Police have expressed concerns about the availability of the synthetic drug spice after two people apparently died from the drug in separate incidents on Wednesday (26 April).

A 30-year-old man was found unresponsive at an address in Taunton, Somerset, along with six others who were left relatively unaffected and did not need treatment.

Taunton Police said: "We're investigating potential links between a death in Taunton which may have resulted from the use of a so-called legal high. We're investigating whether there is an eviential link between the incidents, but there is information to suggest some of those affected may have taken the so-called legal high commonly referred to as spice."

Meanwhile a prisoner at HMP Forest Bank in Salford died - the second spice-related death to be reported at the prison in four months.

In a report on Forest Bank in February, the chief inspector of prisons, Peter Clarke, found that violent incidents in the prison had sharply increased, with almost half of these linked to synthetic drugs.

Clarke found some prisoners "were effectively self-isolating, too frightened to come out of their cells". The same pattern has been found elsewhere, including at HMP Peterborough, where Jordan Palmer killed cellmate Terry Ojuederie after accidentally inhaling the drug.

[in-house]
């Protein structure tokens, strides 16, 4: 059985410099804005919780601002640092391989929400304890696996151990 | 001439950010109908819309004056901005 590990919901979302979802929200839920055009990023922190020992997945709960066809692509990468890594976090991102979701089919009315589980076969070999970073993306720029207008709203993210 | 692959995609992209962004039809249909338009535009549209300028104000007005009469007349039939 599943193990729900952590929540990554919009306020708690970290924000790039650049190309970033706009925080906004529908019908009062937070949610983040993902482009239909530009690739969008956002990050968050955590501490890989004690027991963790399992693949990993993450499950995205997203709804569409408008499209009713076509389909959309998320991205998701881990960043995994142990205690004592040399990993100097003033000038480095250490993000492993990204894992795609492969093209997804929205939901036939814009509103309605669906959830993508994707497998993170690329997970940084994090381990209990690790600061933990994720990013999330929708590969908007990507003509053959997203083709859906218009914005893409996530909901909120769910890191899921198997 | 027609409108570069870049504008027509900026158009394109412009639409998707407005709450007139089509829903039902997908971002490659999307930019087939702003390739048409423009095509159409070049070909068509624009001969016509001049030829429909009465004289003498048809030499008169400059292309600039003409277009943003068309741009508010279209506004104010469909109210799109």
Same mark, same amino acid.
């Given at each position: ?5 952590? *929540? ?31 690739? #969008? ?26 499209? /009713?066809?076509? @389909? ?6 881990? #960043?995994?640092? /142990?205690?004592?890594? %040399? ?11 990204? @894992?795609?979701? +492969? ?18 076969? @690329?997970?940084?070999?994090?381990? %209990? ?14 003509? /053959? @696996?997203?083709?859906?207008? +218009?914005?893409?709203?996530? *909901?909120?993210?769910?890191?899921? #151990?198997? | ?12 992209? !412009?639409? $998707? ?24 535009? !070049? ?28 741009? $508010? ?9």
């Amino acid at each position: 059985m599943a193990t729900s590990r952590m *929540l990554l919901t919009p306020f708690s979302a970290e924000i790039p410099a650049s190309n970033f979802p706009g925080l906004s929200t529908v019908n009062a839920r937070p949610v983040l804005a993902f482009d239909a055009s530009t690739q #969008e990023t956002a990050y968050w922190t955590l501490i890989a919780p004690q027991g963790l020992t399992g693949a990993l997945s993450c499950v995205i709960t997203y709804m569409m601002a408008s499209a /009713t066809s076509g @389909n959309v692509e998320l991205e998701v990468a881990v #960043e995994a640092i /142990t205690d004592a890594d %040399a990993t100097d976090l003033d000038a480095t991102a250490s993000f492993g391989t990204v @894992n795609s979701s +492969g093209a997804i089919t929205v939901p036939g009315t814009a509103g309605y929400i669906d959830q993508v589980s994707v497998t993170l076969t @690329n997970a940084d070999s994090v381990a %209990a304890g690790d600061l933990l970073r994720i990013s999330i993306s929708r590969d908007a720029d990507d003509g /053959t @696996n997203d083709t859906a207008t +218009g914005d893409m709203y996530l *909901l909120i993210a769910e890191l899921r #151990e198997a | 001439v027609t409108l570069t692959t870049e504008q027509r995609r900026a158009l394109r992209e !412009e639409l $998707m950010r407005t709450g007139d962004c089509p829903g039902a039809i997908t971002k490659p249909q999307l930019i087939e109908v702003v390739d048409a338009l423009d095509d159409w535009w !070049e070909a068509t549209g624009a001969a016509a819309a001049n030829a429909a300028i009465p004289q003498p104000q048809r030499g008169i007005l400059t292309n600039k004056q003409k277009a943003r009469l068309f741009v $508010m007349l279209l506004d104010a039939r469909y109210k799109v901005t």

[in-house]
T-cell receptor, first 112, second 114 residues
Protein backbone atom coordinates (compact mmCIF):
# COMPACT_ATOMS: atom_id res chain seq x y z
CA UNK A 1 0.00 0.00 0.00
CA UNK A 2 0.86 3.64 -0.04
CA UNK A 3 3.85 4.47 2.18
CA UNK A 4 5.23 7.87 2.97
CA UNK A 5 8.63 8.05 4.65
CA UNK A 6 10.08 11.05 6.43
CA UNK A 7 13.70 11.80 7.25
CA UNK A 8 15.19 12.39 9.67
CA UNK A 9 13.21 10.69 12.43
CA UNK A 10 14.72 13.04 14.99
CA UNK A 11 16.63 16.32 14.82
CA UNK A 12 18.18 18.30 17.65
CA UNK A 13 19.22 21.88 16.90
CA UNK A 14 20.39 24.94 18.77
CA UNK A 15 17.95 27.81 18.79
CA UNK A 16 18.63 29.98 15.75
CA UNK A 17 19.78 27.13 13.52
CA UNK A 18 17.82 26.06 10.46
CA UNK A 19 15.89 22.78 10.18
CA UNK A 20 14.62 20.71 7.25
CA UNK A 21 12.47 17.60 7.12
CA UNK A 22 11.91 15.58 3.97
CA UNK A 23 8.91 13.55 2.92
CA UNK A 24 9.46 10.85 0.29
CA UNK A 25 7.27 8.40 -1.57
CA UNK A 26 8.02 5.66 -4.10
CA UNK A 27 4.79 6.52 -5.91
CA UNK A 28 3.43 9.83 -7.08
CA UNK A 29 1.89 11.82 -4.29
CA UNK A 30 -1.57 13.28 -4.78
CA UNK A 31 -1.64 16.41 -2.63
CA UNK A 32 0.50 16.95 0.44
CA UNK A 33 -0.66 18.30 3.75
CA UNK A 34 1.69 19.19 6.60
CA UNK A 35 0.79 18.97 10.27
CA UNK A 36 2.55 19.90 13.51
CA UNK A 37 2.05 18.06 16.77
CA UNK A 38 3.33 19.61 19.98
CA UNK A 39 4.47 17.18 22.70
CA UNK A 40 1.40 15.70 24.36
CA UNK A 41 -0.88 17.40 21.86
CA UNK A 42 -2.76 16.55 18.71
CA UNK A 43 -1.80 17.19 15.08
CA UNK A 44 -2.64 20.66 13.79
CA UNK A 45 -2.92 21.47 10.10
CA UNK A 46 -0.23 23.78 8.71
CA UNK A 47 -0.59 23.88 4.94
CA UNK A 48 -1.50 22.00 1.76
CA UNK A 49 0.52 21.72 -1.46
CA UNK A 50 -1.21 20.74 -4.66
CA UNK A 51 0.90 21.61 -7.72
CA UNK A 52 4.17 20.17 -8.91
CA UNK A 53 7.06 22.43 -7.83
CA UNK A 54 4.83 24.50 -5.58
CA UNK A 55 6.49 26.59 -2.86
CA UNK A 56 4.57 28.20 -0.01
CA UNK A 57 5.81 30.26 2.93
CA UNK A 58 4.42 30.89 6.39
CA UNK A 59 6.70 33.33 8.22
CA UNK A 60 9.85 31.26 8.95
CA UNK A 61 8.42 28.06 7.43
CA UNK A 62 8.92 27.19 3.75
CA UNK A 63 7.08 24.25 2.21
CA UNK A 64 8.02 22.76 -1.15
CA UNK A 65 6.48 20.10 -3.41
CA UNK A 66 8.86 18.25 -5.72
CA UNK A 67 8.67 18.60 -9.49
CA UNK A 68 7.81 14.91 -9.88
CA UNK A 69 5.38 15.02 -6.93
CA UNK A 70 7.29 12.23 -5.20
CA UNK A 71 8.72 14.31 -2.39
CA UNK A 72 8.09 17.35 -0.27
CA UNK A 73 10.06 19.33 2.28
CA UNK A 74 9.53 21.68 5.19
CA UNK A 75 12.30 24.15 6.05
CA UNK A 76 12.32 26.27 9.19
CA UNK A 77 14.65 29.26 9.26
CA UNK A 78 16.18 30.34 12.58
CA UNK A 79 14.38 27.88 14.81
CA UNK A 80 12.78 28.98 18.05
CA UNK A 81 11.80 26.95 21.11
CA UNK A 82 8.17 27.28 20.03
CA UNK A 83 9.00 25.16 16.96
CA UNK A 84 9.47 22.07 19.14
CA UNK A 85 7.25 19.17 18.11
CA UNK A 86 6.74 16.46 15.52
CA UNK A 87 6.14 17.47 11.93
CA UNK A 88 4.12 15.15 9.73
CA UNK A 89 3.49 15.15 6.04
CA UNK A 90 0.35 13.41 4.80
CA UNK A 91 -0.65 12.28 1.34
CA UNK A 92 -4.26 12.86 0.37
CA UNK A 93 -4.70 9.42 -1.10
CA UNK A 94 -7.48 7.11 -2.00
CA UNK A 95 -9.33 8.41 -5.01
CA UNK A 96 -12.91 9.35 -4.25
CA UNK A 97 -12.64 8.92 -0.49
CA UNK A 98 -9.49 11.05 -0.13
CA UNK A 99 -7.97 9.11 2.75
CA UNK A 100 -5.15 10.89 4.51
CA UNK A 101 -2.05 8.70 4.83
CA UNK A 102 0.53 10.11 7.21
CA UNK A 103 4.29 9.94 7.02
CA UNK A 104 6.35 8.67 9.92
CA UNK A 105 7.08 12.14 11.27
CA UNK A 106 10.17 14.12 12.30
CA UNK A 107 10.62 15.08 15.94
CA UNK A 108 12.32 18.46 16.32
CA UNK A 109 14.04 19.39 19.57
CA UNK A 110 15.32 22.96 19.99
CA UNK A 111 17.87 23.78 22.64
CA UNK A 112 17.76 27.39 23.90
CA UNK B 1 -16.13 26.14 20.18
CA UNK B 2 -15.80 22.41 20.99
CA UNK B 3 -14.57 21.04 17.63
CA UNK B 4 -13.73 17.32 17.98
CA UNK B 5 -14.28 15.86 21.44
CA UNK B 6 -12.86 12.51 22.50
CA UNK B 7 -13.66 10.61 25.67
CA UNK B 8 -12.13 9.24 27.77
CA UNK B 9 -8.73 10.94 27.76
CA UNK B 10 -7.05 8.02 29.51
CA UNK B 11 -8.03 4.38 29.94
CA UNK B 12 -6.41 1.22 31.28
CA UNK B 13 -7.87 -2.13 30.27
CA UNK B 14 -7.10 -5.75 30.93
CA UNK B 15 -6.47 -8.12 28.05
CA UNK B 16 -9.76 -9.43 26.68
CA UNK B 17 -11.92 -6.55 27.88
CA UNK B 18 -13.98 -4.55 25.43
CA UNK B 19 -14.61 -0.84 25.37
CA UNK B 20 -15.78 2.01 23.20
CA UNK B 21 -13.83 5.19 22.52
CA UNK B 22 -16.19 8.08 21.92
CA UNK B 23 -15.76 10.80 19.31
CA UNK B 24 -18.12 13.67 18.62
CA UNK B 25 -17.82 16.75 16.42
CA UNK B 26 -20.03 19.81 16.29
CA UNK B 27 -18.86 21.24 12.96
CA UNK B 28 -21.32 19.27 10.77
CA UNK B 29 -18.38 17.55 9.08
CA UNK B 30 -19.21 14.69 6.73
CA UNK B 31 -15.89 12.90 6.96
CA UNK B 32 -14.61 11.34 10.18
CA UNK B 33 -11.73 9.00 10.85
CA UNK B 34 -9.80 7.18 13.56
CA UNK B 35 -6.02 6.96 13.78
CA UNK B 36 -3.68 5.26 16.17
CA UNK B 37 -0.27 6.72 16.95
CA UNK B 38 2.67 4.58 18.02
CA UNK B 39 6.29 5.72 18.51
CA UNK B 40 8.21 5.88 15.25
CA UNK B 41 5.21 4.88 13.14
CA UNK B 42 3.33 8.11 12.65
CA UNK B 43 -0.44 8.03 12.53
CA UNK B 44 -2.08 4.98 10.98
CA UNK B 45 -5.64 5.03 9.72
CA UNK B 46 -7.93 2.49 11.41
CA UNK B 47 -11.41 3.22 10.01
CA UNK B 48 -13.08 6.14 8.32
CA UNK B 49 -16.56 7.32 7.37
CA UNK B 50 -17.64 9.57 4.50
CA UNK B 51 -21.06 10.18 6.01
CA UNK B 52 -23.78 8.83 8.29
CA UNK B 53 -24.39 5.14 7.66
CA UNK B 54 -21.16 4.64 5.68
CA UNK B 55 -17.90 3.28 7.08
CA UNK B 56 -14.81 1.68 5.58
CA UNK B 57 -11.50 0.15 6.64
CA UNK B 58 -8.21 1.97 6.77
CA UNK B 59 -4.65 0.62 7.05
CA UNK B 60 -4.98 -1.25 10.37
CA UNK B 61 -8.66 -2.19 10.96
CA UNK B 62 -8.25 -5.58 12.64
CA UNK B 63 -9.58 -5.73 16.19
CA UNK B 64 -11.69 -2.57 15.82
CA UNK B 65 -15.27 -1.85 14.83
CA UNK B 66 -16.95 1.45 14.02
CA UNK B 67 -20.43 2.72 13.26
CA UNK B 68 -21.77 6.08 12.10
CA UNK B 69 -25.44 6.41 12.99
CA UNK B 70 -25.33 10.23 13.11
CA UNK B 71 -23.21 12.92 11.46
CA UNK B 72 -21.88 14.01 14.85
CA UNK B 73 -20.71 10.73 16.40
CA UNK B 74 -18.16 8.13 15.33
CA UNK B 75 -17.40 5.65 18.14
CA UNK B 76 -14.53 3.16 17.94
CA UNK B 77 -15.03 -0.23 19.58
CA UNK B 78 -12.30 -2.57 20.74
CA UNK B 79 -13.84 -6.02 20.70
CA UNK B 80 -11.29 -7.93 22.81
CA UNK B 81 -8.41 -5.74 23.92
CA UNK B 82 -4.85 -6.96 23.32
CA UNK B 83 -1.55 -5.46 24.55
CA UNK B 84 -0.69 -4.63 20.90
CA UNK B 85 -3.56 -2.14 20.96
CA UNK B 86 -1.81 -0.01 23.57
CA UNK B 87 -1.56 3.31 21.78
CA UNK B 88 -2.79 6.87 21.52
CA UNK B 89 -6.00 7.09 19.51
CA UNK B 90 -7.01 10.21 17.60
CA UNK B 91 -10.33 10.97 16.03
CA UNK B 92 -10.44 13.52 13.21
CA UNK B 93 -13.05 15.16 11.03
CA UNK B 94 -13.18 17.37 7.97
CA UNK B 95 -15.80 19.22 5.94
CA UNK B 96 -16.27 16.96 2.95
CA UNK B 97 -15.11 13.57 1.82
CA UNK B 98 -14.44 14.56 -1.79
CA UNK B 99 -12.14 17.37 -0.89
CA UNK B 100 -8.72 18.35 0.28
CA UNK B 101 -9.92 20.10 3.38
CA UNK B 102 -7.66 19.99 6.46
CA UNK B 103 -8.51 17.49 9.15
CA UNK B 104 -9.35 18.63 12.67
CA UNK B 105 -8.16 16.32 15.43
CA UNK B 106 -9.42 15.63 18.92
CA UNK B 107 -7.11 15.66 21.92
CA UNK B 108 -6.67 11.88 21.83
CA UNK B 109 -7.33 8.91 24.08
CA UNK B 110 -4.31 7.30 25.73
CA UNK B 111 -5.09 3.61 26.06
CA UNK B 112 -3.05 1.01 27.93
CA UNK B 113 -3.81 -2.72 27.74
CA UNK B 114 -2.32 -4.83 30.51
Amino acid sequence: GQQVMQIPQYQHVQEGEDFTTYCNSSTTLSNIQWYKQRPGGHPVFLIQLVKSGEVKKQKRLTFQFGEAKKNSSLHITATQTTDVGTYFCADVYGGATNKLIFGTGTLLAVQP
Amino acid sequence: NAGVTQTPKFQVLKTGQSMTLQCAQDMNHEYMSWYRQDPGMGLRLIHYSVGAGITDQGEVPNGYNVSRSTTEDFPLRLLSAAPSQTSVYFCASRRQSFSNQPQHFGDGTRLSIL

HMP Forest Bank
2 prisoners have allegedly died from taking spice at HMP Forest Bank in just 4 months Google streetview

Between June 2013 and January 2016, 58 fatalities linked to spice were recorded in British prisons. These included murders where the killer was high on the drug.

Police in Manchester recorded 58 incidents related to spice in just one weekend recently, The Guardian reports. Footage of zombie-like addicts wandering around in a daze in cities and towns including Manchester and Wrexham have regularly hit the headlines in recent months.

In Lancashire, police were called out to spice-related incidents 120 times between April 2016 and April 2017. In the same period in 2014-15 they were called to just 18 incidents. The rise comes despite the drug being outlawed in May 2016.